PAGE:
The Formalist Landscape: Forced Formalism in “Landscapes”

Bill Marsh’s Landscapes is an electronic poem comprised of five short segments. Each segment contains two partially obscured stanzas of Biblical proverbs, and a vibrant geometric landscape drawing. 

“Landscapes” is extremely abstract and seems to purposefully lack a fundamental interpretation. In fact, the poem forces the reader to engage in a formalist interpretation of the short segments and psychedelic graphic designs in order to achieve any form of understanding.It is only through the application of this particular theory that the reader of Marsh’s “Landscapes” will be able to analyze it.

The poem is as follows: 

o1. desert drive-in 

I did not hide my face / and spitting from insult 

Screen Shot 2015-03-23 at 3.18.52 PM


02. variation on a summer theme

I have set my face like flint / and I know that I shall not be put to shame 

Screen Shot 2015-03-23 at 4.41.48 PM

 03. city by moonlight 

I am not afraid of ten thousands of people who have / set themselves against me round about

Screen Shot 2015-03-23 at 3.26.40 PM

04. flags waving over capital

I will protect him because he knows my name / I will answer him when he calls to me

Screen Shot 2015-03-23 at 4.45.12 PM

05. fog at sunrise

I will bring them back / from the depths of the sea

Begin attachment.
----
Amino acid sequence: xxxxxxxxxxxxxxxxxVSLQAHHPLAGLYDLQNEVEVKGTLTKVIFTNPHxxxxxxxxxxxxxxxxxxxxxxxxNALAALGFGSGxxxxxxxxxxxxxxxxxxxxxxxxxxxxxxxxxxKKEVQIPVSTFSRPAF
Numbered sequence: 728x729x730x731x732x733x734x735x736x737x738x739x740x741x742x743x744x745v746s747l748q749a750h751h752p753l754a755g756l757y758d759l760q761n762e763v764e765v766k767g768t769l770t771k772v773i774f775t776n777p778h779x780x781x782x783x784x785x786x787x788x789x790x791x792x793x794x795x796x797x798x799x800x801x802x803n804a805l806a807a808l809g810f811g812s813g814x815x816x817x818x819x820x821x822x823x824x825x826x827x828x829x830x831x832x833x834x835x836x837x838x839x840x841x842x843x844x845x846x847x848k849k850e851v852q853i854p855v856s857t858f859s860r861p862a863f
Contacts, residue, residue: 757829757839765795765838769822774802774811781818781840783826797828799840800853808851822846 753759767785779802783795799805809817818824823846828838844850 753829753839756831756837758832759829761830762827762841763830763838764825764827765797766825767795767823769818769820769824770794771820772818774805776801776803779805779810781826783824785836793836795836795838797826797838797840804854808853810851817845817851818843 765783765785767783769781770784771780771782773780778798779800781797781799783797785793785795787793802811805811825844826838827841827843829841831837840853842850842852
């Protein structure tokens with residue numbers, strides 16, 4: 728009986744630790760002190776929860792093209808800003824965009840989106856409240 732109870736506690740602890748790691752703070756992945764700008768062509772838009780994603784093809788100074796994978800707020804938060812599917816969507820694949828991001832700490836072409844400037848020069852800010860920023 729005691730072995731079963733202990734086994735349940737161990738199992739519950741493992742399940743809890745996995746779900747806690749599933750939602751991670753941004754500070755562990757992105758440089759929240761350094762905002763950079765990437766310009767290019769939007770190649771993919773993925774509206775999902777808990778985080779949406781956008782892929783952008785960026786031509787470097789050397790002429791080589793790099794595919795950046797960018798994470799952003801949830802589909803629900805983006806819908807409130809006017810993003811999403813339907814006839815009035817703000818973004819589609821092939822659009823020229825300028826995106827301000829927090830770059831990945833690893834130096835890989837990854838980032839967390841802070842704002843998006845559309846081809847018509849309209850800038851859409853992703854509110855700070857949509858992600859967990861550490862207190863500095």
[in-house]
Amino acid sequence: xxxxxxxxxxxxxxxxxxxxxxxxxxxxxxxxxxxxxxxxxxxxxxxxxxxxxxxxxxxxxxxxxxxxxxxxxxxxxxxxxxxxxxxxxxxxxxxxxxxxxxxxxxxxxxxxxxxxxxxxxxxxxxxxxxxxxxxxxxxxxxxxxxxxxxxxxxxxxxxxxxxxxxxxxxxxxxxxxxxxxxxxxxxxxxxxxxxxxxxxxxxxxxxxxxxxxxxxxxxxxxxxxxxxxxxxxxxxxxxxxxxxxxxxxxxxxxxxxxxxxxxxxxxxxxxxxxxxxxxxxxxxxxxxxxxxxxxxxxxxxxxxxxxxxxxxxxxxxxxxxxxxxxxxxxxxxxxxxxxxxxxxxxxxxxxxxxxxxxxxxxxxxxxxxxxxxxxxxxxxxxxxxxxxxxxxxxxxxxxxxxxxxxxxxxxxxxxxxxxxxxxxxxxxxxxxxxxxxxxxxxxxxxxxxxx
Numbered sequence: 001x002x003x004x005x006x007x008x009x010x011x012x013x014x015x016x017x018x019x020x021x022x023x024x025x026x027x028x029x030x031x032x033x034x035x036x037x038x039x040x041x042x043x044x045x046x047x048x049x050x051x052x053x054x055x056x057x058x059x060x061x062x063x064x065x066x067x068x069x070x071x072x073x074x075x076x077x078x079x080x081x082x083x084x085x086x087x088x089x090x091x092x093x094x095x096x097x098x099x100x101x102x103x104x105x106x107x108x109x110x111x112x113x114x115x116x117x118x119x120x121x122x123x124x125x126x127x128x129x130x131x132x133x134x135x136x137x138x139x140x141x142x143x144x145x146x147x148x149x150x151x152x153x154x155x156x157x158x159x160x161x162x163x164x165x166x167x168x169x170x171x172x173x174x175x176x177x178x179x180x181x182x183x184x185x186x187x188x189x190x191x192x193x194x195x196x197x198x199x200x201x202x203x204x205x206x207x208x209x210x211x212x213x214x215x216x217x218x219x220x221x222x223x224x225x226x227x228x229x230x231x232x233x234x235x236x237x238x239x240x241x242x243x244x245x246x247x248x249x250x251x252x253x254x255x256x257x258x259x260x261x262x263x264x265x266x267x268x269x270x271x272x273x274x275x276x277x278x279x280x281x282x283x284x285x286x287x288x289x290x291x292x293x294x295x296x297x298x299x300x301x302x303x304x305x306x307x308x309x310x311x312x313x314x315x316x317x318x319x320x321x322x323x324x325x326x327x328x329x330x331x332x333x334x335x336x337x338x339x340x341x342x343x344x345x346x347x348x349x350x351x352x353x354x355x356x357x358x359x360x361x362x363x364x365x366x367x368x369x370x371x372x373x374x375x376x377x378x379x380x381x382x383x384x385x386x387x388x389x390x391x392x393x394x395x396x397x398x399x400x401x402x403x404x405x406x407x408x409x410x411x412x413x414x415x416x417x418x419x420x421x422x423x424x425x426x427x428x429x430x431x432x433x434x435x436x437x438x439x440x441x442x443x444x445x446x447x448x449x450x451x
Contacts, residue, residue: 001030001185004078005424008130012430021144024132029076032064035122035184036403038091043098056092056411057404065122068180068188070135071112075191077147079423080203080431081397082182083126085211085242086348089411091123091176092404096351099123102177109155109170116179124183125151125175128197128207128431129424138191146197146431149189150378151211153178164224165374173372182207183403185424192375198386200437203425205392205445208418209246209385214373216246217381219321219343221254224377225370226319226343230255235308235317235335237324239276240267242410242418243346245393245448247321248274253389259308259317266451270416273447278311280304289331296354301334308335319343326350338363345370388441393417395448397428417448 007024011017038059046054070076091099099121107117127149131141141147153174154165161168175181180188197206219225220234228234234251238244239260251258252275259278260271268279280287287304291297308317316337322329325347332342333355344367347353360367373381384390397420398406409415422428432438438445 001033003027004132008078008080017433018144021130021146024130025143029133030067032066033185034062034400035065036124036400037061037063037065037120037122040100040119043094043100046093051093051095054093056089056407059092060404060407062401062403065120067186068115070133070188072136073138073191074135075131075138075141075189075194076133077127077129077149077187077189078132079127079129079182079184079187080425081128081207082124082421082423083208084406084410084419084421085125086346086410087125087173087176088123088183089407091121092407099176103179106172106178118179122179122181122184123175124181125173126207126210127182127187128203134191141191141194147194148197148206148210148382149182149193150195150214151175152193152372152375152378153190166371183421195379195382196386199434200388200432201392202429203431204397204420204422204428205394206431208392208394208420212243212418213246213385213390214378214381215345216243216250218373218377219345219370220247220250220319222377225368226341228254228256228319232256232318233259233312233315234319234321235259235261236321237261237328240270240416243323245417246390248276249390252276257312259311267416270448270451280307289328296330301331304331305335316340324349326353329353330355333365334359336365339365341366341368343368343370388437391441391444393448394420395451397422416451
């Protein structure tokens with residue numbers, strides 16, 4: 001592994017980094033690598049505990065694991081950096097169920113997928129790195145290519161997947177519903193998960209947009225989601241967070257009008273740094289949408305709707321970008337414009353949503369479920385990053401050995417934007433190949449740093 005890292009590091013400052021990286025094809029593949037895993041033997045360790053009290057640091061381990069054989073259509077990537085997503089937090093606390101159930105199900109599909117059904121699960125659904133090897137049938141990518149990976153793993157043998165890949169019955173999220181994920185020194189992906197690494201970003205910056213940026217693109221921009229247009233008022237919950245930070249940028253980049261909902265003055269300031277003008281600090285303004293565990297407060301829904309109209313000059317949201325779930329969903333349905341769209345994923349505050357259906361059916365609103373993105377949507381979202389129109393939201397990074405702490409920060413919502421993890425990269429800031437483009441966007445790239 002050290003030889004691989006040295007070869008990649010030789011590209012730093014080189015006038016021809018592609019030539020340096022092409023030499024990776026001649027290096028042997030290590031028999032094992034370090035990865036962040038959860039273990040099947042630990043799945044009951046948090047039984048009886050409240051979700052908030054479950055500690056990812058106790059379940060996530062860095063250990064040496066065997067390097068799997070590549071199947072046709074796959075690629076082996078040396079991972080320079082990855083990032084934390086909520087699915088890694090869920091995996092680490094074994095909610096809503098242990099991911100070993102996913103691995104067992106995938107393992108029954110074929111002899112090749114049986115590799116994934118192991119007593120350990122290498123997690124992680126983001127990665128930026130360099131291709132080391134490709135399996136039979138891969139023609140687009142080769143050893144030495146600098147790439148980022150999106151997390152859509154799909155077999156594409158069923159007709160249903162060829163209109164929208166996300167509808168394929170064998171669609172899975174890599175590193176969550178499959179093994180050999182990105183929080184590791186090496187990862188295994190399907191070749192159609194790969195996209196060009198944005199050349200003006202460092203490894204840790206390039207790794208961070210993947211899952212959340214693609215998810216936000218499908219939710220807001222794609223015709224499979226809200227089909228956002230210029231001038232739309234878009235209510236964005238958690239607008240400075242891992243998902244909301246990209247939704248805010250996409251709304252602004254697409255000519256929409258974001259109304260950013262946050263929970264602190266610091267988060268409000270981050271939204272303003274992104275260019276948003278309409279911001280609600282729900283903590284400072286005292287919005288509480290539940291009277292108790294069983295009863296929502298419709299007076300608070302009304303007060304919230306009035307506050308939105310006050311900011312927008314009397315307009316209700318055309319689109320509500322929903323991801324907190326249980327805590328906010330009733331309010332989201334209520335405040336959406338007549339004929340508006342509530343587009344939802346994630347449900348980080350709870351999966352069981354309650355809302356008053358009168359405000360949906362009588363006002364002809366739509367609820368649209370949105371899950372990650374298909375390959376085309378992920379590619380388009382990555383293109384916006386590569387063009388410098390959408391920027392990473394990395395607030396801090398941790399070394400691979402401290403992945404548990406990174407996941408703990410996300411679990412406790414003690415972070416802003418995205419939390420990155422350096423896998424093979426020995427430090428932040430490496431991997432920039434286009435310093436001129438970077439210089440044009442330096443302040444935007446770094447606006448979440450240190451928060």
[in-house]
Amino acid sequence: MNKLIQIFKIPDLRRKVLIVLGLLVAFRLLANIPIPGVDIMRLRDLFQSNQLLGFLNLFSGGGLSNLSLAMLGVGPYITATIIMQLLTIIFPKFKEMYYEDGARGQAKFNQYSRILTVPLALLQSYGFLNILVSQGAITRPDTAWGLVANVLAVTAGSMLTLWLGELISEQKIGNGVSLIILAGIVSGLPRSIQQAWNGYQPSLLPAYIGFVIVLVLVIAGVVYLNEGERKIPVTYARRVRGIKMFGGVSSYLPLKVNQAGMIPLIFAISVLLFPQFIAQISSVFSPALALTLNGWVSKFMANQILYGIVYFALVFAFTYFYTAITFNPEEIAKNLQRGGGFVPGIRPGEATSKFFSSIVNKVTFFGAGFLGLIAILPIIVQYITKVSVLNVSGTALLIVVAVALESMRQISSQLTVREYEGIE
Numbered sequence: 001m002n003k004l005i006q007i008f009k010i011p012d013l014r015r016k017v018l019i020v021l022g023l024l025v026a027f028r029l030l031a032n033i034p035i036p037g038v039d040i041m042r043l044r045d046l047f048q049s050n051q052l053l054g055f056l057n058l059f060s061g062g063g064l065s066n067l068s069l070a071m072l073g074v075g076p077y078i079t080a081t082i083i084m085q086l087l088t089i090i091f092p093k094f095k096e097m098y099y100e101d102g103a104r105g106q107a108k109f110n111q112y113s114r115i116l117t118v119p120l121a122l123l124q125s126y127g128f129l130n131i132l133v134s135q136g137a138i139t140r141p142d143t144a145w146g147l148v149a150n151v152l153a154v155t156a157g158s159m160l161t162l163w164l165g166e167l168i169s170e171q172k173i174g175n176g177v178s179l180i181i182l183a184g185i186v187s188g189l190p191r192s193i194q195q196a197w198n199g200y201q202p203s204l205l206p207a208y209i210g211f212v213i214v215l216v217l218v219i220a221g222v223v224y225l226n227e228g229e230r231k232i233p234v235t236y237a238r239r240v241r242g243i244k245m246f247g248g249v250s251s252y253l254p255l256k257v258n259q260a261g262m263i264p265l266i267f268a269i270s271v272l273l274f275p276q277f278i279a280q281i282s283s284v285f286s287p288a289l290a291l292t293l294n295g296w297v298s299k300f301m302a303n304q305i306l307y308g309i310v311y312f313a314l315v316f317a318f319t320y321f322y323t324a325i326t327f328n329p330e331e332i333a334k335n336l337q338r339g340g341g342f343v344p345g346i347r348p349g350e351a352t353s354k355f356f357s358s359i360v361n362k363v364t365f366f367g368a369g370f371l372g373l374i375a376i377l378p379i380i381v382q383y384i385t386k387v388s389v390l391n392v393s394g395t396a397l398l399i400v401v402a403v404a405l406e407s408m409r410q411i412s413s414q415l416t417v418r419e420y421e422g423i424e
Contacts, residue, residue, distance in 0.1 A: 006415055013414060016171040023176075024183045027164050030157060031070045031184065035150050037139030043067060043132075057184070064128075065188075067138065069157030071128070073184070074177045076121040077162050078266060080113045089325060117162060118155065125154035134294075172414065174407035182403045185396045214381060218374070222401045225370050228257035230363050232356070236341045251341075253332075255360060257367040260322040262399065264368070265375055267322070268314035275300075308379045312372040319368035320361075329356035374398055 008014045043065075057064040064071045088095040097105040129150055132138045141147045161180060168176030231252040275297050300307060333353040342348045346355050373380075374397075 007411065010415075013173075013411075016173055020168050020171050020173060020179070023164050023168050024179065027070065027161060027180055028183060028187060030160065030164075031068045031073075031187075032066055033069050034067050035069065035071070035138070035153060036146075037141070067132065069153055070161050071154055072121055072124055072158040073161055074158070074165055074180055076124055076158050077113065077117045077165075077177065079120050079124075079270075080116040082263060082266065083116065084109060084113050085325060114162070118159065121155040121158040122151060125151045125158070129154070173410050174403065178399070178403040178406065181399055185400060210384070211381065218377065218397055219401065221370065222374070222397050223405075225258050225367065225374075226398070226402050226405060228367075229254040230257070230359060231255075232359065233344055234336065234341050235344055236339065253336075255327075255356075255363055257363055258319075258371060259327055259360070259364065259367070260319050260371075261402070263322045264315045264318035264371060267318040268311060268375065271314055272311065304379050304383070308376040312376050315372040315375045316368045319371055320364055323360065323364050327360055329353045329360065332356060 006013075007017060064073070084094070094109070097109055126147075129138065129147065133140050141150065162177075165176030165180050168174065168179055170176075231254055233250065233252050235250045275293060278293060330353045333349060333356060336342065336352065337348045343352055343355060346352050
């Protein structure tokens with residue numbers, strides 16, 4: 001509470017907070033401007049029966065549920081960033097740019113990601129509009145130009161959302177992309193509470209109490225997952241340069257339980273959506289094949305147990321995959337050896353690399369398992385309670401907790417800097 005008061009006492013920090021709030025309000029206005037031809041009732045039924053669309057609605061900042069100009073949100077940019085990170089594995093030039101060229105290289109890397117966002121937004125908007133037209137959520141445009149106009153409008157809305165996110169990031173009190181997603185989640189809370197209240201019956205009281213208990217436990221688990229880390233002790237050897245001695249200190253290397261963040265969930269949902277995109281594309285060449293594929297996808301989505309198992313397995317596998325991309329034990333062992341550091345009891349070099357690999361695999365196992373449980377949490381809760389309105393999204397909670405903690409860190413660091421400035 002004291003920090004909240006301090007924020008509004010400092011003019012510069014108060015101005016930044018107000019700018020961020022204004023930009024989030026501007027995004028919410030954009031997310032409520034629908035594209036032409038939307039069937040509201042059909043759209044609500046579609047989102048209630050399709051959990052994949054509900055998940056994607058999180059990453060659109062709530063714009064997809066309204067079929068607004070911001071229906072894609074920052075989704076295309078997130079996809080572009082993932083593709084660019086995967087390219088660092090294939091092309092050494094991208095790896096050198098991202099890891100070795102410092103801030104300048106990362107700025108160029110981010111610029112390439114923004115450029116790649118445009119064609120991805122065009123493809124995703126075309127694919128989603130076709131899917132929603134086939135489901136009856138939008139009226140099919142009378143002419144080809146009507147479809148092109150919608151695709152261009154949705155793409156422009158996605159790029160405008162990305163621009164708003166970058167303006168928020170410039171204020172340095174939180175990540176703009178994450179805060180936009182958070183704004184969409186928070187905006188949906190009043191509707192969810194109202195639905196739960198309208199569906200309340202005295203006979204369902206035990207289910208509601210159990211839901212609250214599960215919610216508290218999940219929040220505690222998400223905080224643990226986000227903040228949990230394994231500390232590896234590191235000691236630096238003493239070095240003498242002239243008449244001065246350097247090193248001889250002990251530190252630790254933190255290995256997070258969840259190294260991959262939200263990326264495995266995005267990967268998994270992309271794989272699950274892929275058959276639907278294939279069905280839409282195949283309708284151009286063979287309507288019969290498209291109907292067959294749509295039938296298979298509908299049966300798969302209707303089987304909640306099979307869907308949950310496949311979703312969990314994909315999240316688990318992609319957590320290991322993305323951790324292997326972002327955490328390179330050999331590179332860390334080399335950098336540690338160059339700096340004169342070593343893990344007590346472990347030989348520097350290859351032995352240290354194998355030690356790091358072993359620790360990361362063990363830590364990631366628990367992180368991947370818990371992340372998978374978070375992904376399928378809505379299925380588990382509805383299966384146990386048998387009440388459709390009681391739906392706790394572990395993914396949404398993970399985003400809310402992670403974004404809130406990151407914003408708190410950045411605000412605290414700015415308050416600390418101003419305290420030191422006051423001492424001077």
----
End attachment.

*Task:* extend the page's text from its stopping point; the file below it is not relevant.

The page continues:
Formalism is a literary theory, which relies primarily on the intrinsic qualities of a text for interpretation. Marsh’s “Landscapes” possesses as its intrinsic quality uncertainty. That is, the independents elements of the poem increase contribute to the reader’s sense of uncertainty in terms of analyzation. The abstract manner in which the Biblical proverbs are organized cause prevents the reader from arriving at a concrete meaning or interpretation of the piece. The geometric landscapes suggest give no additional information in terms of analyzation. In addition, the landscapes also obscure the words of the poem from the reader. Making it somewhat difficult place the intended order of the words.

A formalist analysis of the text and design of “Landscapes” inform us that the poem itself relies heavily on the concept abstract. The elements of “Landscapes” purposefully force the reader into contemplation of the meaning. In the end the form of the poem as is displayed by the graphic design and construction of the prose reveals that the poem is meant to intensify the feeling of abstract and uncertainty.

  1 comment for “The Formalist Landscape: Forced Formalism in “Landscapes”

Leave a Reply

Your email address will not be published. Required fields are marked *